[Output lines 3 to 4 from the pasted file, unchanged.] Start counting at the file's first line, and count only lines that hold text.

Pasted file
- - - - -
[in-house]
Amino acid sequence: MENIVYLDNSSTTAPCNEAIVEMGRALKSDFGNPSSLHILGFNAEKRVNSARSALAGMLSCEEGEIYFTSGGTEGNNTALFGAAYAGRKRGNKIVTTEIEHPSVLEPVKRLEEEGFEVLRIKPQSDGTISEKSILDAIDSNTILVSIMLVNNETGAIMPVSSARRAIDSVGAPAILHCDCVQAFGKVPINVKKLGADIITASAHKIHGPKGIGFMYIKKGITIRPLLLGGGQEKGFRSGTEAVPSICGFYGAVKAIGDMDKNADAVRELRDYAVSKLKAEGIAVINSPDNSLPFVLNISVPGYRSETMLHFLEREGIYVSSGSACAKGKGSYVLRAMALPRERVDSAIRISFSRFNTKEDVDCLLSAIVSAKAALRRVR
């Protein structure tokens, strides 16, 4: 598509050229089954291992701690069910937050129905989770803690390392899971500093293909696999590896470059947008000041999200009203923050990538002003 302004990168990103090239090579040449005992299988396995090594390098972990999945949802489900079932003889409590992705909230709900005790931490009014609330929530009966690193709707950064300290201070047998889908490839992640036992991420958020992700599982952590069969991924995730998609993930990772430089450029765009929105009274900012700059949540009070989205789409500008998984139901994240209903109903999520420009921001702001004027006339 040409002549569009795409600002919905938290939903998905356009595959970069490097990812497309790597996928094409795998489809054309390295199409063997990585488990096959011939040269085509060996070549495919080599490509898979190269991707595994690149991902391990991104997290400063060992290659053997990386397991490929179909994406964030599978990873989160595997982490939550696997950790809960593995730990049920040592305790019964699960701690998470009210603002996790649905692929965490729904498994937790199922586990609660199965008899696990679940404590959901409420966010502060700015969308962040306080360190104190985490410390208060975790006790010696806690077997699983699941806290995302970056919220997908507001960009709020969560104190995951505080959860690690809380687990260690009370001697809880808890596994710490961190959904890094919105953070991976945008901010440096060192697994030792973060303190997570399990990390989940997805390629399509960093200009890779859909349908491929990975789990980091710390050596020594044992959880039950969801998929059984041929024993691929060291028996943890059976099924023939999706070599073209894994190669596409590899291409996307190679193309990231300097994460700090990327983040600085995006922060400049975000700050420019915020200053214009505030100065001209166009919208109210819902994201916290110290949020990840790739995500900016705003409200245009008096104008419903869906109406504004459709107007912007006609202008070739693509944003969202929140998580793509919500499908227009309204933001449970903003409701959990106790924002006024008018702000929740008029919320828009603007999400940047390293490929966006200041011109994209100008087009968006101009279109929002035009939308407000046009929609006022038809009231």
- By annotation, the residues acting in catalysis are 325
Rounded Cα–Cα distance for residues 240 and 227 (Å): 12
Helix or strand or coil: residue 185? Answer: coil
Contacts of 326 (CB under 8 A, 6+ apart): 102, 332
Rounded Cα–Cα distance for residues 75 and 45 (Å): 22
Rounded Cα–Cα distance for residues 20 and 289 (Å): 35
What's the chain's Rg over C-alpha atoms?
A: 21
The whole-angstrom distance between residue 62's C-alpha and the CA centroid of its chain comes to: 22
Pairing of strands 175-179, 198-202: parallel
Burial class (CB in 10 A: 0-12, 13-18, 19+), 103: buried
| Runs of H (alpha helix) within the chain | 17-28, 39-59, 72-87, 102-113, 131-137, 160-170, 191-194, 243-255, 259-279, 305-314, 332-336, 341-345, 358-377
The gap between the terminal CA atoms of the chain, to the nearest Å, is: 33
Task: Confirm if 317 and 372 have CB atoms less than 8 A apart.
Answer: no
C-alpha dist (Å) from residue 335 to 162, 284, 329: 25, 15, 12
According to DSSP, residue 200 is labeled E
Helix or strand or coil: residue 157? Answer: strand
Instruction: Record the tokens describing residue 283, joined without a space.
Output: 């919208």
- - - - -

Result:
């Protein structure tokens, strides 16, 4: 598509050229089954291992701690069910937050129905989770803690390392899971500093293909696999590896470059947008000041999200009203923050990538002003 302004990168990103090239090579040449005992299988396995090594390098972990999945949802489900079932003889409590992705909230709900005790931490009014609330929530009966690193709707950064300290201070047998889908490839992640036992991420958020992700599982952590069969991924995730998609993930990772430089450029765009929105009274900012700059949540009070989205789409500008998984139901994240209903109903999520420009921001702001004027006339 040409002549569009795409600002919905938290939903998905356009595959970069490097990812497309790597996928094409795998489809054309390295199409063997990585488990096959011939040269085509060996070549495919080599490509898979190269991707595994690149991902391990991104997290400063060992290659053997990386397991490929179909994406964030599978990873989160595997982490939550696997950790809960593995730990049920040592305790019964699960701690998470009210603002996790649905692929965490729904498994937790199922586990609660199965008899696990679940404590959901409420966010502060700015969308962040306080360190104190985490410390208060975790006790010696806690077997699983699941806290995302970056919220997908507001960009709020969560104190995951505080959860690690809380687990260690009370001697809880808890596994710490961190959904890094919105953070991976945008901010440096060192697994030792973060303190997570399990990390989940997805390629399509960093200009890779859909349908491929990975789990980091710390050596020594044992959880039950969801998929059984041929024993691929060291028996943890059976099924023939999706070599073209894994190669596409590899291409996307190679193309990231300097994460700090990327983040600085995006922060400049975000700050420019915020200053214009505030100065001209166009919208109210819902994201916290110290949020990840790739995500900016705003409200245009008096104008419903869906109406504004459709107007912007006609202008070739693509944003969202929140998580793509919500499908227009309204933001449970903003409701959990106790924002006024008018702000929740008029919320828009603007999400940047390293490929966006200041011109994209100008087009968006101009279109929002035009939308407000046009929609006022038809009231």
- By annotation, the residues acting in catalysis are 325